I LOL’d at this article. Why? Because I can almost picture it as a fairy tale of sorts complete with villagers armed with pitchforks and fiery torches. Yet the castle that will hold the beast and bring forth the beauties has the last laugh.
Austrian brothel owner has last laugh after nine-year planning battle
In 2002 a former wrestler, Norbert Sendlhofer (aka “The Beast”), decided the 770 inhabitants of St Andrä needed not another pub but a place to buy sex. He put in a planning application to turn an old hunting lodge on the outskirts of the village into what locals quickly called a den of iniquity (cue collective *GASP*).
The mayor was horrified and, backed by his outraged constituents (aka “The Villagers”), began a campaign to thwart Sendlhofer’s ambition, exhorting every law they could think of to stop the sex trade from coming to St Andrä. Commercial law, property law, criminal law, health and safety regulations – all were tried. Prostitution is legal in Austria, but they were determined to keep their village prostitute-free.
For years, planning experts and officials trooped in and out of Villa Erotica (aka “The evil enchanted castle”), asking questions and taking measurements. The Austrian newspaper Der Standard reported that in July 2005 St Andrä authorities informed Sendlhofer that his application had been rejected on the advice of the local public health officer, who claimed there were “inadequate sanitary facilities” for “business transactions which specifically deal with the excretion of bodily fluids”.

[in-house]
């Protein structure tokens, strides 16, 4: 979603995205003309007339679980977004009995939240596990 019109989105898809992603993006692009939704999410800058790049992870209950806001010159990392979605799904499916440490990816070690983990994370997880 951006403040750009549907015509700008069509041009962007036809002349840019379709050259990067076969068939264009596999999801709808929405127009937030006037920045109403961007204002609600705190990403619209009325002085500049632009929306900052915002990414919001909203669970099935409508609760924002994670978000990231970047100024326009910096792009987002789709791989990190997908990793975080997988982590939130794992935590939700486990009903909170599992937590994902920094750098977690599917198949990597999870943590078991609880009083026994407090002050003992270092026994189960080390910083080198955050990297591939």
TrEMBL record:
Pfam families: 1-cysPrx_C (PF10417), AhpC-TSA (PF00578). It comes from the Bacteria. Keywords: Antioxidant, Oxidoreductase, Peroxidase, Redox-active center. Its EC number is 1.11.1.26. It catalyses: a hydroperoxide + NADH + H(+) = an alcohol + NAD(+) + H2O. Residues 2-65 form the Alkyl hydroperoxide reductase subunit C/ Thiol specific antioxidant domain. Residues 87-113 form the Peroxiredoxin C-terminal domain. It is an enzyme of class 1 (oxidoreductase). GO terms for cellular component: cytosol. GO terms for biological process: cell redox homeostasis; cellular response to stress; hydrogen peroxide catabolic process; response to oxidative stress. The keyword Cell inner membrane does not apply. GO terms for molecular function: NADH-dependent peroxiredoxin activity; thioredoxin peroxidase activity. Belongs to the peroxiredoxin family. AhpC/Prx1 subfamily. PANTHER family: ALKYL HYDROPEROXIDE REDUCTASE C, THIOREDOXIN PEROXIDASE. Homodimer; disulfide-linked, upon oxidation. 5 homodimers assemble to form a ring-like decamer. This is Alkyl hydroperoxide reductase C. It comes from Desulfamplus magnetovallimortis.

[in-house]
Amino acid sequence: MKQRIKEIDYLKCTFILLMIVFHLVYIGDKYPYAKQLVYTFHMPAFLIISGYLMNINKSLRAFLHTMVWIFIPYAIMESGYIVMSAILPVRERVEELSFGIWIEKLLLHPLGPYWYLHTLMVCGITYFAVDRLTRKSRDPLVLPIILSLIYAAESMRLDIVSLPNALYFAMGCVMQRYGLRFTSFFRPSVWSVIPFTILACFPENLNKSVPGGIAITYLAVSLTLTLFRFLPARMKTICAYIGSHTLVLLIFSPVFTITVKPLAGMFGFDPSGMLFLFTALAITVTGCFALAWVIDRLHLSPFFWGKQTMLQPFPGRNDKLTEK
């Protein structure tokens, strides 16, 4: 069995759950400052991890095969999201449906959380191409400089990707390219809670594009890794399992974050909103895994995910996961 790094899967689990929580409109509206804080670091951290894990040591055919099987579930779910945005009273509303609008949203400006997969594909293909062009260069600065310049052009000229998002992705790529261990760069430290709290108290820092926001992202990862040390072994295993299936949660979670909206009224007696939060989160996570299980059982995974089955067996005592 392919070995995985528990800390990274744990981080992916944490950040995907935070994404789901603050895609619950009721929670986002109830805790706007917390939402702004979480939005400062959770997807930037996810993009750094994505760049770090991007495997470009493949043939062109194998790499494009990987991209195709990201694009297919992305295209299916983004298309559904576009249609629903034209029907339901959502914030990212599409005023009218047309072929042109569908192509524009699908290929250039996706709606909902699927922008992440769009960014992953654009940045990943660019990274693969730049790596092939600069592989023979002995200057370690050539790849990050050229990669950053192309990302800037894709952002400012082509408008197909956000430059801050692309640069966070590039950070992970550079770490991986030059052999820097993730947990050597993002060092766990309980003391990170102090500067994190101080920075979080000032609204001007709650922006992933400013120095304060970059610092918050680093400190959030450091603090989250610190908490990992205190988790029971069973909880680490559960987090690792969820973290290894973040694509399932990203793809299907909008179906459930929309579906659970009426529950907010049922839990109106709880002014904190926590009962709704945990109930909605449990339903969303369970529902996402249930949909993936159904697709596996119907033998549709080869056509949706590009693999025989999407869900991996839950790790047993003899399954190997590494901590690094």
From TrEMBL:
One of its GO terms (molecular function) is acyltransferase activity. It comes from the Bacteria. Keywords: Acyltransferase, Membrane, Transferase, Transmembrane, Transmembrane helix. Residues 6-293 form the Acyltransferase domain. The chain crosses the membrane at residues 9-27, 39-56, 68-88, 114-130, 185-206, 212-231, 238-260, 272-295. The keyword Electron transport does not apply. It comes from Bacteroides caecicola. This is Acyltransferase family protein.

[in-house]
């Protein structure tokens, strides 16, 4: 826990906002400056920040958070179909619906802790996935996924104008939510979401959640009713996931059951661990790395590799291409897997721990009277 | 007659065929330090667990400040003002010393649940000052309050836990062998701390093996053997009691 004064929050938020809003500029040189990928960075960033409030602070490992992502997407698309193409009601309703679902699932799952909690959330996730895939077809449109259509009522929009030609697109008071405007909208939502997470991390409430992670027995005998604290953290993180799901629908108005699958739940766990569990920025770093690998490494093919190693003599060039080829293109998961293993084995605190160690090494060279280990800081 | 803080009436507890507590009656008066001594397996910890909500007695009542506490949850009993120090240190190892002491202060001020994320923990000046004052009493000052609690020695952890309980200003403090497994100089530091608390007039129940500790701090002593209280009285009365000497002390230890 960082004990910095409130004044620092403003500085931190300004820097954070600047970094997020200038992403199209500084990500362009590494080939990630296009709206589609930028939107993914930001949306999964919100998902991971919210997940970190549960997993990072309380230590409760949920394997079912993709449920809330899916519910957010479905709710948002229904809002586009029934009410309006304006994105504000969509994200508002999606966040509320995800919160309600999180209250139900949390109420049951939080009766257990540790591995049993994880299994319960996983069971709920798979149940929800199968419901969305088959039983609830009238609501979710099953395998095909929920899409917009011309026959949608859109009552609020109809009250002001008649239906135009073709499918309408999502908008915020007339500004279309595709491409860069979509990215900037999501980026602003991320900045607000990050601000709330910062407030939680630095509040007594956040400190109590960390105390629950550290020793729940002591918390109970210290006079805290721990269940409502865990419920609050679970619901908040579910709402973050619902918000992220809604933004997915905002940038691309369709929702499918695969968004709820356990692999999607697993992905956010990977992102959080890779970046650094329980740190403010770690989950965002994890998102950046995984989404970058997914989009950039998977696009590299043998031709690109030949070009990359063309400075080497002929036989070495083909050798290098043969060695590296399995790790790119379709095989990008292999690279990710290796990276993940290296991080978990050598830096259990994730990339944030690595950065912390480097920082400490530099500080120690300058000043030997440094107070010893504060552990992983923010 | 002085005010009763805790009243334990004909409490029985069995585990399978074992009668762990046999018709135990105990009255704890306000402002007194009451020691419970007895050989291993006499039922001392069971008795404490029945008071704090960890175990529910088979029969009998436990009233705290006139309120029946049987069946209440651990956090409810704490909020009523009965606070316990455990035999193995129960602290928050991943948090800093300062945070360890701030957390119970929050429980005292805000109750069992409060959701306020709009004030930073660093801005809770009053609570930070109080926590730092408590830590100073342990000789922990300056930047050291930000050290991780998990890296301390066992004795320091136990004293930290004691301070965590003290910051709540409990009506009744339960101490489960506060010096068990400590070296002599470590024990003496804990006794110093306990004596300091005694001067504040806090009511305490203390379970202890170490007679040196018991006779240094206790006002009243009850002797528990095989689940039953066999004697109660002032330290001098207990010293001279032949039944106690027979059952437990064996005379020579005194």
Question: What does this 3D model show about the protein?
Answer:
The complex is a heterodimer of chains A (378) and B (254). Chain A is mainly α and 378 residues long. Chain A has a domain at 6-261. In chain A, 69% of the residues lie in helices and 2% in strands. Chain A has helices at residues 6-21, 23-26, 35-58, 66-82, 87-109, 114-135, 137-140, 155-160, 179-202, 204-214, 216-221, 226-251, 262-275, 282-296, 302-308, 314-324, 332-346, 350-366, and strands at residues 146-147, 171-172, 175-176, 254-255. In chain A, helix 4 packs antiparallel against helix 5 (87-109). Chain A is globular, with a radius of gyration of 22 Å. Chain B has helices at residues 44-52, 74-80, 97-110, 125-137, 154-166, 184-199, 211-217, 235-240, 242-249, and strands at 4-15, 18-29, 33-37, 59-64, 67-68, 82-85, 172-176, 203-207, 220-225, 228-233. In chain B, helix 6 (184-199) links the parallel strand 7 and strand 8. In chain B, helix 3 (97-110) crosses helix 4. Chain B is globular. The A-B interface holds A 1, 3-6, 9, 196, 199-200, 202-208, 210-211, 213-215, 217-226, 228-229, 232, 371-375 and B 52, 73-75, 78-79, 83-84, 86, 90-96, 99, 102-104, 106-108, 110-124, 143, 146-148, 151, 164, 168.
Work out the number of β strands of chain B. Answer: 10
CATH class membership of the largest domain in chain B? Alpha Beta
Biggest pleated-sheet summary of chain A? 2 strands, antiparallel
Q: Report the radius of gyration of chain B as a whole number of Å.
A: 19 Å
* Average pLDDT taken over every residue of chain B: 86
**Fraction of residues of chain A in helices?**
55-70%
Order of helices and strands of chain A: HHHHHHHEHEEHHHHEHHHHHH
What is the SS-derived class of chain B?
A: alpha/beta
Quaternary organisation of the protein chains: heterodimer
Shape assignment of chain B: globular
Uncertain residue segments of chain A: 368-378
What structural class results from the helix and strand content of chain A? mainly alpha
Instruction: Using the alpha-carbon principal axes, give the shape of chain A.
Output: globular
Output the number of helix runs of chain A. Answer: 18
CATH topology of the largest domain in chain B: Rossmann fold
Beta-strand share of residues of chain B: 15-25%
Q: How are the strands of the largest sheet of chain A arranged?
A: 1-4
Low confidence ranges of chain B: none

That wasn’t all: an operation like Villa Erotica could “impair the moral, religious and psychological” life of the village” said the rejection letter, according to Der Standard.
Sendlhofer was undeterred. He installed new showers to meet hygiene requirements, and when the council criticised the quality of drinking water at Villa Erotica, he dug new wells.
In 2007, increasingly desperate to find reasons to reject the application, one resourceful local (villager) hit upon the notion that prostitution could be classed as “physical labour” and as such was subject to special health and safety regulations.
A medical expert wrote a report for the council, claiming “prostitution is heavy physical work which is carried out in all possible postures“(LOL). They reached the conclusion that the ceilings of Villa Erotica were too low for suitable work spaces for prostitution and there were too few cubic metres of air to give sex workers the “volume of air” needed to carry out their duties(ROFL).
The ploy worked – briefly. Alas for the burghers of St Andrä, a higher court in Salzburg last year quashed the verdict and Villa Erotica was given the green light. Ironically, it was the brothel’s red light which caused its next problem: apparently, you need special planning permission to install unusual external lighting.
When the brothel finally opened for business recently, Sendlhofer had the last laugh. The fuss of the previous nine years resulted in enormous press interest, and he was able to goad his opponents by telling TV cameras there was “no better location in the whole of Austria” for Villa Erotica.
Ain’t that something? Yet can you not totally picture that happening? Even if a brothel were located MILES from the nearest “village” some would still think it too close.